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The world is a much tougher place today than it was a year ago and even then no one was jumping up and down that times were great. The fall off has been dramatic and caught many (including those in Washington) off guard. The recession began last year and not everyone was on board from a recognition stand point of how the landscape was changing. As the wave of bad news came one after another, golf was hopeful that it might be insulated from the big picture. In part this was fostered by the fact its selling season for tee times to equipment was shut down for most of the country thanks to old man winter’s impending arrival. Golf’s seasonal occupation, it was hoped might allow for it to sidestep the carnage being experienced by others, for example in the auto or banking industries.
But when the calendar turned to 2009, there was some muted optimism that maybe it wasn’t going to be as bad as some where whispering. As is the case each and every year, hope springs eternal when Mother Nature begins to raise the mercury levels. But wishful thinking wasn’t going to supersede the deteriorating market conditions. Consider the following exhibit A of what is likely to be the first of many that show the golf industry isn’t recession proof or above the global economic crisis.
Callaway Golf Company (ELY: NYSE) announced its preliminary financial results for the first quarter of 2009. The company estimates its sales will be $272 million, a drop off of 26% versus a year ago when it enjoyed sales of $366 million. The stronger US dollar, Callaway said impeded sales by approximately $22 million in the 2009 first quarter. Domestic sales are expected to be down 23% from a year ago coming in around $141 million, while international sales sunk 28% and are estimated to be $131 million. “Global economic conditions have proven to be more severe than initially anticipated,” George Fellows, President and CEO of Callaway Golf stated in a company press release.
Earnings per diluted share are estimated to range from $0.10 to $0.12 (on 63.3 million shares). For the first quarter of 2008, the Company reported fully diluted earnings per share of $0.61 (on 64.8 million shares).
Based on Callaway Golf’s preliminary first quarter results and management’s current view regarding the remainder of the year, it no longer expects that in 2009 it can make the same amount of money as it did a year ago when backing out the effects of foreign exchanges rates. The company is estimating industry-wide sales for 2009 to decrease approximately 15% to 20% compared with 2008. But despite its first quarter results, Callaway believes its 2009 sales will outperform the forecast it provided for the golf industry. The basis for this reasoning is Callaway’s belief that it will grow its market shares.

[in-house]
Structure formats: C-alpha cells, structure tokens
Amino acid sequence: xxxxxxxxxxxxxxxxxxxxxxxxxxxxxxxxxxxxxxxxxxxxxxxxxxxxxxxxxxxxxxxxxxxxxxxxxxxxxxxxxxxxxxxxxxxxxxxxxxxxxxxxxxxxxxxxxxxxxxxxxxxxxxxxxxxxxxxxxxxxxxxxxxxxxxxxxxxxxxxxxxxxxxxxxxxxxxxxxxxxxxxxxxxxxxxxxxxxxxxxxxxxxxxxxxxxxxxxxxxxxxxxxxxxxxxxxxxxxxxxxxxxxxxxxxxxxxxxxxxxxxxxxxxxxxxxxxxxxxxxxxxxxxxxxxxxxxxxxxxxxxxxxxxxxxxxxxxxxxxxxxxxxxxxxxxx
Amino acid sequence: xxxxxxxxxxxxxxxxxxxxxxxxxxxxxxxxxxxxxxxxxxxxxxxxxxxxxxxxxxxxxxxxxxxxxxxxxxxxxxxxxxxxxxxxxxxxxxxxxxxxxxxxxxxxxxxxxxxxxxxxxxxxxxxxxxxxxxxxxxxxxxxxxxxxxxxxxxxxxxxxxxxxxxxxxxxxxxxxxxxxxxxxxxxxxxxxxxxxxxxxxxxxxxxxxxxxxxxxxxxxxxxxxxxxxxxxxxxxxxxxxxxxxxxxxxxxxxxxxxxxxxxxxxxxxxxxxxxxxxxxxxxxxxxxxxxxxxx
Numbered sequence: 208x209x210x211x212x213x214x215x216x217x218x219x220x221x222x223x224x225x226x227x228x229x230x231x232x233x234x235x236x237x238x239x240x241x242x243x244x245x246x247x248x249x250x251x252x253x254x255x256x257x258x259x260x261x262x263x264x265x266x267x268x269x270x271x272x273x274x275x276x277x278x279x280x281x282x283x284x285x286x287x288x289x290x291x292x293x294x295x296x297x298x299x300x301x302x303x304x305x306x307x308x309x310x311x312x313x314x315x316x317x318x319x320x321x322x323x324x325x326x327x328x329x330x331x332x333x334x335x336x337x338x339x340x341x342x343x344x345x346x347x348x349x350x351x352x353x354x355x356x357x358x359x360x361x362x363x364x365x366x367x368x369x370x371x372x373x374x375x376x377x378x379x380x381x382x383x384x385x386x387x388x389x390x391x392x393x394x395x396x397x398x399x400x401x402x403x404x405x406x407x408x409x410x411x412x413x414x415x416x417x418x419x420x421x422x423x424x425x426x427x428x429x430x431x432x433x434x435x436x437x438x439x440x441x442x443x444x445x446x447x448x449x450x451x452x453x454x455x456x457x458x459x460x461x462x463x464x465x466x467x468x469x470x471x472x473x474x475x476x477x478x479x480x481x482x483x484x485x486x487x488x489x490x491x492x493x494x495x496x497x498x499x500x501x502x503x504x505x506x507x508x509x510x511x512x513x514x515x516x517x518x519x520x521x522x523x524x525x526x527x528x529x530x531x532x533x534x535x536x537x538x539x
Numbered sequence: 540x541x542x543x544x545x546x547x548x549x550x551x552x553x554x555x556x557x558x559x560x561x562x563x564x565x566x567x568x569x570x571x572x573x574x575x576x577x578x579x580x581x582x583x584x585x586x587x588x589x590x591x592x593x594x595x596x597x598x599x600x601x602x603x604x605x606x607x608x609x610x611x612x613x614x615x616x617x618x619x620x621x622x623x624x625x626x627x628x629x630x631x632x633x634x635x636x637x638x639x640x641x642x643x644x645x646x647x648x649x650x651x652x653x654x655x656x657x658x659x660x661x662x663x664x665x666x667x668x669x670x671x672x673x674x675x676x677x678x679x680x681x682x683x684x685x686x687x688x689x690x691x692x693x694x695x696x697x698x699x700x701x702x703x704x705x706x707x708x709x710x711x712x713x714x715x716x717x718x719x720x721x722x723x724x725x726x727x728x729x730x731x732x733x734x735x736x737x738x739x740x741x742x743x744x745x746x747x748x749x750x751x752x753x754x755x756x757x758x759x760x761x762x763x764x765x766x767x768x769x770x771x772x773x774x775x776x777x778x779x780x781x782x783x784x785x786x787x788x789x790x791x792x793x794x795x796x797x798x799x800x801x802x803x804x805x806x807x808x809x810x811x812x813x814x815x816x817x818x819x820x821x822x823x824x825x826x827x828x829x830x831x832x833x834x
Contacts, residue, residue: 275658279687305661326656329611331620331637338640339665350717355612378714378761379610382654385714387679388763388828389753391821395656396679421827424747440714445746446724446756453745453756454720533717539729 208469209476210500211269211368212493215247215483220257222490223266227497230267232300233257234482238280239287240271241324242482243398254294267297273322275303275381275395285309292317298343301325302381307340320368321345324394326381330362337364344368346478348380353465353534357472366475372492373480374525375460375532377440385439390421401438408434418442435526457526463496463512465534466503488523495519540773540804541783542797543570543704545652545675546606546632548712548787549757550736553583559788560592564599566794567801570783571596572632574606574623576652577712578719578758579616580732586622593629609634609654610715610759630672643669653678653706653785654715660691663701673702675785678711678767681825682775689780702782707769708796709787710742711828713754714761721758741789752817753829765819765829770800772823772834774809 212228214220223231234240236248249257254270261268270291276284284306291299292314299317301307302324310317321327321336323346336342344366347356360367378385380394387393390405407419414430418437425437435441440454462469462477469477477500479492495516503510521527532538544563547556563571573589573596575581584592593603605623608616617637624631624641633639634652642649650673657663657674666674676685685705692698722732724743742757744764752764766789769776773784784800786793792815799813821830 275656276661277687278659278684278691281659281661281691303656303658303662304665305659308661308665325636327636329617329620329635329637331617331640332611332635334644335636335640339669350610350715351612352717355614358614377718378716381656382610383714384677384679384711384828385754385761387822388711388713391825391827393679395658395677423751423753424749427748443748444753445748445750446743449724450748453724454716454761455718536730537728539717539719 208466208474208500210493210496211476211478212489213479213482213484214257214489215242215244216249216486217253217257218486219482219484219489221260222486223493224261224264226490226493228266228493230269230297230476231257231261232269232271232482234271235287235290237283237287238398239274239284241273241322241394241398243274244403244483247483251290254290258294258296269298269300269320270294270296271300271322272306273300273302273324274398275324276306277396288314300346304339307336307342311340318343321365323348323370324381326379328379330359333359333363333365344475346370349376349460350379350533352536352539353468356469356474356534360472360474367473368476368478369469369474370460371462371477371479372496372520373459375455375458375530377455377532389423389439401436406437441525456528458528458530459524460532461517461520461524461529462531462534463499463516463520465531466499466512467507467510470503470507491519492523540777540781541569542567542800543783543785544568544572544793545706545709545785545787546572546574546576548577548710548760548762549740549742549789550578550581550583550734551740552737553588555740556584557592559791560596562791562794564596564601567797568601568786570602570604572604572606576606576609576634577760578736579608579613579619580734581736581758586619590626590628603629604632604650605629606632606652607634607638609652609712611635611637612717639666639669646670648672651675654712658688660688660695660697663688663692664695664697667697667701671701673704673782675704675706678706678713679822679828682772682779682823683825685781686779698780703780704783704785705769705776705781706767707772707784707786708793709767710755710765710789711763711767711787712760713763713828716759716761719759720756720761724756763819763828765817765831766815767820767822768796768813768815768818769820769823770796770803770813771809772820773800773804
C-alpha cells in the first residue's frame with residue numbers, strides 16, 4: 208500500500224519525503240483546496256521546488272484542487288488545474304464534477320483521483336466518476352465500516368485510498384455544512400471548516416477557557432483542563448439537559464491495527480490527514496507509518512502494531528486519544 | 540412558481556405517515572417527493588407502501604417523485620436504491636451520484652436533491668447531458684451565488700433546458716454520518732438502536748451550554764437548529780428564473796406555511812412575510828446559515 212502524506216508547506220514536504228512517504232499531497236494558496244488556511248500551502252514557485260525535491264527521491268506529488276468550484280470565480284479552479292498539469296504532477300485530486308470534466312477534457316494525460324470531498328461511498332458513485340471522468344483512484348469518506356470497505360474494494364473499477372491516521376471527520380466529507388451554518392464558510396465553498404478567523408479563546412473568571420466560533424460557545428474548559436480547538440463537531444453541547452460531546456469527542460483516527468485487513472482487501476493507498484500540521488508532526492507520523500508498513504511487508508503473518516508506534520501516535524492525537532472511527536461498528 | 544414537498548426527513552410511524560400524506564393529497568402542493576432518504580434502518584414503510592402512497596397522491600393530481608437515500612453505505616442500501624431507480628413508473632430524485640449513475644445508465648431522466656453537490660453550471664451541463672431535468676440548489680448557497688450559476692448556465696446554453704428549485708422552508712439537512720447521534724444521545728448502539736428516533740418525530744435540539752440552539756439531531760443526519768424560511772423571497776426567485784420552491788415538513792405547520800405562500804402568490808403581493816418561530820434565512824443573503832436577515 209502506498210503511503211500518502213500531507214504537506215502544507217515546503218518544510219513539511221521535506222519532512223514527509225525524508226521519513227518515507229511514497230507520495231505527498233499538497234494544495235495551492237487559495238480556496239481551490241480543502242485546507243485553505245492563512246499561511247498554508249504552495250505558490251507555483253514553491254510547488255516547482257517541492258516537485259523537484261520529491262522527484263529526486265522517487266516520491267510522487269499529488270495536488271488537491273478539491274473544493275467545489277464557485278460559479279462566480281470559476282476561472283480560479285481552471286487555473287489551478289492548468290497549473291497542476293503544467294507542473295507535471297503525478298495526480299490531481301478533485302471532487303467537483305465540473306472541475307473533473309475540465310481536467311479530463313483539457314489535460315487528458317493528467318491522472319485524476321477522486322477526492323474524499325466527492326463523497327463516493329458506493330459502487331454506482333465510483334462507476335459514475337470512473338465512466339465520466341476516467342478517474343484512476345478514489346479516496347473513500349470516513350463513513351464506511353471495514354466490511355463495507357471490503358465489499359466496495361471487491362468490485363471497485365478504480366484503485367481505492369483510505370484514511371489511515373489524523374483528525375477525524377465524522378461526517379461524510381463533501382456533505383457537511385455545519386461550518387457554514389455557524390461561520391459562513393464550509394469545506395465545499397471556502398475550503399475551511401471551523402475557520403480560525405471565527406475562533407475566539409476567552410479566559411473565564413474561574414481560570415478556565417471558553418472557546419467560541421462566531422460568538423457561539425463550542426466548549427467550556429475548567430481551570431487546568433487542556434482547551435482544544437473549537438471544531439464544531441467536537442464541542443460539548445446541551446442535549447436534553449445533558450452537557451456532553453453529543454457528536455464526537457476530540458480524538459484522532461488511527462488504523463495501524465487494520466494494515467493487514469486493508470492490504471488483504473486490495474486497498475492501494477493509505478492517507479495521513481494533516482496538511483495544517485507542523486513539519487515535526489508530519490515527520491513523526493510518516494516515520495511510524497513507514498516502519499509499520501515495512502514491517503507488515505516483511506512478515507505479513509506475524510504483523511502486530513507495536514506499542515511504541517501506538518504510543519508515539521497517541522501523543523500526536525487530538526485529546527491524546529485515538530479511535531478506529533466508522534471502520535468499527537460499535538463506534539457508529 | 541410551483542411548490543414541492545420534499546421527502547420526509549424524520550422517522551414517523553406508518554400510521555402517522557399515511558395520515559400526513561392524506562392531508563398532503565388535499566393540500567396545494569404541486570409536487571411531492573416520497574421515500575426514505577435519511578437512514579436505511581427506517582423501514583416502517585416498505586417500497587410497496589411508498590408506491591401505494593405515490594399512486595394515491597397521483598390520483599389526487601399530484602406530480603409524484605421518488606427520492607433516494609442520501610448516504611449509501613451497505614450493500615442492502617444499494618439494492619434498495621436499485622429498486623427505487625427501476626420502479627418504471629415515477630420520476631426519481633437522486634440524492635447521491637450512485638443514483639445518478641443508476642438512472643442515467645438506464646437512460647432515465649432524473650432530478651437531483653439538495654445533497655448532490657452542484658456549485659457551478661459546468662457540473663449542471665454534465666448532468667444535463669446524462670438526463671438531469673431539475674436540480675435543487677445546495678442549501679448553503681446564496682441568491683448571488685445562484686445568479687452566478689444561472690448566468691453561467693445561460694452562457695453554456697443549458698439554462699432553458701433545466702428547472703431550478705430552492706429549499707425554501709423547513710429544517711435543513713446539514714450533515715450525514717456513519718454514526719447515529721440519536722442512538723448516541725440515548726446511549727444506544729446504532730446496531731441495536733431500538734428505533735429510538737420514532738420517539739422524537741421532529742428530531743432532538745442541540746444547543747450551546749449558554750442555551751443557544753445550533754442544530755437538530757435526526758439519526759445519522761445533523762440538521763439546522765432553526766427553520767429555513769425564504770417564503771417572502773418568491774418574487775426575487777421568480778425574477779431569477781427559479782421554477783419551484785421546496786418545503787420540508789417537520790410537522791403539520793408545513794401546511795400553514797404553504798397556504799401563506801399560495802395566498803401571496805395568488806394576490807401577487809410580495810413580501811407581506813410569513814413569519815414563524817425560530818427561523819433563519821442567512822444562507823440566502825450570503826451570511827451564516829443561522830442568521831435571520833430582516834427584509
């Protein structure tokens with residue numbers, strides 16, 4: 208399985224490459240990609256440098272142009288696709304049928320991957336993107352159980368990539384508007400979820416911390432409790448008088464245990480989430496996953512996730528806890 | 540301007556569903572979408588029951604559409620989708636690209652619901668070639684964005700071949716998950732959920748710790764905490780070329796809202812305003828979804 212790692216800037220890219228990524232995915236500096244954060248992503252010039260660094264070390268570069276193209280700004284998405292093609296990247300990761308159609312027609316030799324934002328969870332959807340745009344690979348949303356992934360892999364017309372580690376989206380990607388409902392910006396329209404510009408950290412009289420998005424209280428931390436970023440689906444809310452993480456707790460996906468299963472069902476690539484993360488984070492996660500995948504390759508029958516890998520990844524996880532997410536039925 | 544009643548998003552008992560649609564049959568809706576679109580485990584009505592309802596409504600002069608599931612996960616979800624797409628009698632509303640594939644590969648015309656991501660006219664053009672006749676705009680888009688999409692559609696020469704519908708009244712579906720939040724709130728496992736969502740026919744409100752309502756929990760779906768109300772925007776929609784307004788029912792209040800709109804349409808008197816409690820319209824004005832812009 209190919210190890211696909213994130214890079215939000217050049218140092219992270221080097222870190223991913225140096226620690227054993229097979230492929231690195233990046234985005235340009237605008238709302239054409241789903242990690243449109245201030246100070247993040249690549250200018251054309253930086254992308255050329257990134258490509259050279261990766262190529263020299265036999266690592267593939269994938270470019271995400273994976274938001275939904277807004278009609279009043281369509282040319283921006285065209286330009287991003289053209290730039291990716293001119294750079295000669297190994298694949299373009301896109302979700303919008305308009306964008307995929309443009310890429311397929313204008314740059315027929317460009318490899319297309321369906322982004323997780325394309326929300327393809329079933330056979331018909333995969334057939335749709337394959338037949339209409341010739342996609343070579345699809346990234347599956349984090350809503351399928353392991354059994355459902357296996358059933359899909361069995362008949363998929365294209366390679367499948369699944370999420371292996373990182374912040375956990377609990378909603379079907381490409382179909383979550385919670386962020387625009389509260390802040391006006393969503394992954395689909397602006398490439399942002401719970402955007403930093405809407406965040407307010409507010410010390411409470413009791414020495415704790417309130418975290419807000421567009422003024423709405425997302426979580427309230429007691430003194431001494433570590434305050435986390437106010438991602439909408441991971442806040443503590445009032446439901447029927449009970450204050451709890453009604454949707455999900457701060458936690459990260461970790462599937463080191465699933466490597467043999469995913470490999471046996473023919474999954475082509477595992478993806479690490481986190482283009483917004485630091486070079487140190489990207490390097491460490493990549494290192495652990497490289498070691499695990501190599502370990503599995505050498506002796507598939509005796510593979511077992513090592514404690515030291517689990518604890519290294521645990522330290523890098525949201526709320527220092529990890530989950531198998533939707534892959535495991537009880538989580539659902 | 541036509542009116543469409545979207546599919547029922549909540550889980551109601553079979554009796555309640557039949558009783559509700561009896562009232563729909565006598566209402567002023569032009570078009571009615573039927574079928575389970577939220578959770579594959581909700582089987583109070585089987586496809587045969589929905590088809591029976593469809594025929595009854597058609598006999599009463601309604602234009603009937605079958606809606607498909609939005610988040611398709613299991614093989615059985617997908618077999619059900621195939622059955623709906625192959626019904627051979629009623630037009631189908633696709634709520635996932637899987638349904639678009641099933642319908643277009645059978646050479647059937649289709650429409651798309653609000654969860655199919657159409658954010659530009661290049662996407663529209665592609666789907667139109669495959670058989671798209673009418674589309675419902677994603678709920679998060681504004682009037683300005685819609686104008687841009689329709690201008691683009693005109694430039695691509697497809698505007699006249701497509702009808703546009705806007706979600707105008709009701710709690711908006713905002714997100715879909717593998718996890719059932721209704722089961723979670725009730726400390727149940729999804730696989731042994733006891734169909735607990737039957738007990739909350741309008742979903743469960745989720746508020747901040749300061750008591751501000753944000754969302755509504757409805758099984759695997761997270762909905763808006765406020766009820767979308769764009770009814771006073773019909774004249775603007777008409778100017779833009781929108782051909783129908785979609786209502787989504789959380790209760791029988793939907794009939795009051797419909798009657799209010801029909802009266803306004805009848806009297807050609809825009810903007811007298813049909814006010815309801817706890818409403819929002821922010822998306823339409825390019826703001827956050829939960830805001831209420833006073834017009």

“We believe these unprecedented macroeconomic conditions will continue to adversely affect consumers and our business in the short-term, but we remain optimistic about the golf industry for the long-term and believe it will recover as the global economy recovers,” Fellows said. “During this time, however, we will continue to proactively grow our market share, aggressively manage our costs, and position ourselves to take advantage of opportunities as the economy and golf industry begin to recover. We have just completed a reduction of our global workforce by approximately 10%. These actions, combined with the cost reductions taken at the beginning of the year, will allow the company to weather these short-term challenges and still be able to invest in initiatives that will drive sustained and meaningful long-term growth.” Callaway will release actual first quarter financial results on April 30, 2009, but expect the numbers to be close to what’s been revealed to this point, since the quarter closed.
No question these are difficult times and Callaway’s admission that its first quarter isn’t what it once was, is likely the first of many shoes to drop.

The fact Callaway is affected by the recession proves that no brand, big or small, is immune to what is happening. Consumers are not spending they way they once did and that includes equipment purchases. It doesn’t require much of an argument to suggest the trend is likely continue for at least, the foreseeable future. At the end of January, when Callaway’s management discussed its 2008’s results, it stated it felt the industry as a whole may be down by 5 to 10% for the year. According to Callaway, this was coming off a year (2007) where the industry was off 5%. Company officials acknowledged, back in January, there wasn’t any hard data to back up their opinion for 2009. But since the annual PGA Merchandise Show was held in Orlando, FL, the mood expressed by the company has shifted to an even larger drop off. While it may or may not come true, the name of the game has changed for any and all companies in the industry.
First and foremost, its a matter of being
lean on the expense side to weather the
current environment. Reckless behavior
will not enhance anyone’s long and short
term chances to be successful.
Promotional discounting is already in
play by more than one company and
while it may address a short term need,
its doubtful that a business can sustain
itself off this strategy regardless of how long the recession lasts.
Contingency plans are necessary in an effort to try and overcome these unusual and unprecedented times. While its clear no one was aware of what was coming, its now irrelevant since its here. How long its stays is a topic for debate. Nevertheless, golf tee times and equipment sales are seasonal and the 2009 game clock is ticking.